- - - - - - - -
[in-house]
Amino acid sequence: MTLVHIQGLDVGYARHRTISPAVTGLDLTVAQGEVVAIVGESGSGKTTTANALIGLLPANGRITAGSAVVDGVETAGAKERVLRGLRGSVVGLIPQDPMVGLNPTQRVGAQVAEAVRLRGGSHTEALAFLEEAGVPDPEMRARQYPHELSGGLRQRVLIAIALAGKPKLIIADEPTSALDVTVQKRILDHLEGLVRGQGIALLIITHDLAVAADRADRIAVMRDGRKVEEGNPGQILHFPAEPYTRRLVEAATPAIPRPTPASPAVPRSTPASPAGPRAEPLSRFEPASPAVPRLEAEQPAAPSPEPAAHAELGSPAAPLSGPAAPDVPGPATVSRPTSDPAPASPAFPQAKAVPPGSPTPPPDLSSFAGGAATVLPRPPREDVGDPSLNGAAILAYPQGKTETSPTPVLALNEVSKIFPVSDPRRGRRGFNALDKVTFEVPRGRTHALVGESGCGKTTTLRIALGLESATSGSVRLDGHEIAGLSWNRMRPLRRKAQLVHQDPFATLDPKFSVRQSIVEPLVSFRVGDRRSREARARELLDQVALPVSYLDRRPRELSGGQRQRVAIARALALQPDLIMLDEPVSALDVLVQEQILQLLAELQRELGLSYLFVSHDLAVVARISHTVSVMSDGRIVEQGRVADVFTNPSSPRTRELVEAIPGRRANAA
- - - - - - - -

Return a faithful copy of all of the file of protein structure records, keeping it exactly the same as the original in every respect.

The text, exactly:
[in-house]
Amino acid sequence: MTLVHIQGLDVGYARHRTISPAVTGLDLTVAQGEVVAIVGESGSGKTTTANALIGLLPANGRITAGSAVVDGVETAGAKERVLRGLRGSVVGLIPQDPMVGLNPTQRVGAQVAEAVRLRGGSHTEALAFLEEAGVPDPEMRARQYPHELSGGLRQRVLIAIALAGKPKLIIADEPTSALDVTVQKRILDHLEGLVRGQGIALLIITHDLAVAADRADRIAVMRDGRKVEEGNPGQILHFPAEPYTRRLVEAATPAIPRPTPASPAVPRSTPASPAGPRAEPLSRFEPASPAVPRLEAEQPAAPSPEPAAHAELGSPAAPLSGPAAPDVPGPATVSRPTSDPAPASPAFPQAKAVPPGSPTPPPDLSSFAGGAATVLPRPPREDVGDPSLNGAAILAYPQGKTETSPTPVLALNEVSKIFPVSDPRRGRRGFNALDKVTFEVPRGRTHALVGESGCGKTTTLRIALGLESATSGSVRLDGHEIAGLSWNRMRPLRRKAQLVHQDPFATLDPKFSVRQSIVEPLVSFRVGDRRSREARARELLDQVALPVSYLDRRPRELSGGQRQRVAIARALALQPDLIMLDEPVSALDVLVQEQILQLLAELQRELGLSYLFVSHDLAVVARISHTVSVMSDGRIVEQGRVADVFTNPSSPRTRELVEAIPGRRANAA